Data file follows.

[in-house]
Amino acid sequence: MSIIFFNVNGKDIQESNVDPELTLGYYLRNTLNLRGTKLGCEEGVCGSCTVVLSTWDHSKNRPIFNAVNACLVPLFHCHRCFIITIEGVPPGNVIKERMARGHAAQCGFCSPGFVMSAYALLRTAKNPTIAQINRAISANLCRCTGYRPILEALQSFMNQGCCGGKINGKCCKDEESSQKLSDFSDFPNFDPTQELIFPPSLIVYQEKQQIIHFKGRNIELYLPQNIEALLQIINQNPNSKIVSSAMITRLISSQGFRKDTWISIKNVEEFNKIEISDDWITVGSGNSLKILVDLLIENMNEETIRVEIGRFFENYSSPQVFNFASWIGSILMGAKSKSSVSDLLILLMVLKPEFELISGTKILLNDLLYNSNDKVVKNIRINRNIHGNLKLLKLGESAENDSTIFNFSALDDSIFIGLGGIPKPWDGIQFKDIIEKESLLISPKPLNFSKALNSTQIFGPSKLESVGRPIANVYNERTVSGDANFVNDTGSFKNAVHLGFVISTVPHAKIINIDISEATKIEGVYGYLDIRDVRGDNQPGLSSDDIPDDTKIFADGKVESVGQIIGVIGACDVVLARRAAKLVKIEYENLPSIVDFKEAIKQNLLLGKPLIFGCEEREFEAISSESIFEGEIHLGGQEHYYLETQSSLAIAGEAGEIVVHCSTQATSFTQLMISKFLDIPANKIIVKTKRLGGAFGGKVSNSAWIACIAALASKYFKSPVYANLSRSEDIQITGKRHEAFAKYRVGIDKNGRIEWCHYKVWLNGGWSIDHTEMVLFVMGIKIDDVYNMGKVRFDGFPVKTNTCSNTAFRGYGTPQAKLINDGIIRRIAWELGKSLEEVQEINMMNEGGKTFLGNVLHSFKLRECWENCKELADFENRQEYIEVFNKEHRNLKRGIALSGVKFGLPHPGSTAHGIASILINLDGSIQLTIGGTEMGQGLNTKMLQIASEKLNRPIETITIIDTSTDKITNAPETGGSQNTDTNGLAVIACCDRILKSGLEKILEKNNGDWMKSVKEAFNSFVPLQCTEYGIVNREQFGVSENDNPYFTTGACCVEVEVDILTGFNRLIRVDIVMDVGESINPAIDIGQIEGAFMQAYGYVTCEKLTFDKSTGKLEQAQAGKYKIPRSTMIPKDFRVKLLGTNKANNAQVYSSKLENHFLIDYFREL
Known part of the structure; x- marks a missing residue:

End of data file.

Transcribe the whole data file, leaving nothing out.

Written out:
[in-house]
Amino acid sequence: MSIIFFNVNGKDIQESNVDPELTLGYYLRNTLNLRGTKLGCEEGVCGSCTVVLSTWDHSKNRPIFNAVNACLVPLFHCHRCFIITIEGVPPGNVIKERMARGHAAQCGFCSPGFVMSAYALLRTAKNPTIAQINRAISANLCRCTGYRPILEALQSFMNQGCCGGKINGKCCKDEESSQKLSDFSDFPNFDPTQELIFPPSLIVYQEKQQIIHFKGRNIELYLPQNIEALLQIINQNPNSKIVSSAMITRLISSQGFRKDTWISIKNVEEFNKIEISDDWITVGSGNSLKILVDLLIENMNEETIRVEIGRFFENYSSPQVFNFASWIGSILMGAKSKSSVSDLLILLMVLKPEFELISGTKILLNDLLYNSNDKVVKNIRINRNIHGNLKLLKLGESAENDSTIFNFSALDDSIFIGLGGIPKPWDGIQFKDIIEKESLLISPKPLNFSKALNSTQIFGPSKLESVGRPIANVYNERTVSGDANFVNDTGSFKNAVHLGFVISTVPHAKIINIDISEATKIEGVYGYLDIRDVRGDNQPGLSSDDIPDDTKIFADGKVESVGQIIGVIGACDVVLARRAAKLVKIEYENLPSIVDFKEAIKQNLLLGKPLIFGCEEREFEAISSESIFEGEIHLGGQEHYYLETQSSLAIAGEAGEIVVHCSTQATSFTQLMISKFLDIPANKIIVKTKRLGGAFGGKVSNSAWIACIAALASKYFKSPVYANLSRSEDIQITGKRHEAFAKYRVGIDKNGRIEWCHYKVWLNGGWSIDHTEMVLFVMGIKIDDVYNMGKVRFDGFPVKTNTCSNTAFRGYGTPQAKLINDGIIRRIAWELGKSLEEVQEINMMNEGGKTFLGNVLHSFKLRECWENCKELADFENRQEYIEVFNKEHRNLKRGIALSGVKFGLPHPGSTAHGIASILINLDGSIQLTIGGTEMGQGLNTKMLQIASEKLNRPIETITIIDTSTDKITNAPETGGSQNTDTNGLAVIACCDRILKSGLEKILEKNNGDWMKSVKEAFNSFVPLQCTEYGIVNREQFGVSENDNPYFTTGACCVEVEVDILTGFNRLIRVDIVMDVGESINPAIDIGQIEGAFMQAYGYVTCEKLTFDKSTGKLEQAQAGKYKIPRSTMIPKDFRVKLLGTNKANNAQVYSSKLENHFLIDYFREL
Known part of the structure; x- marks a missing residue: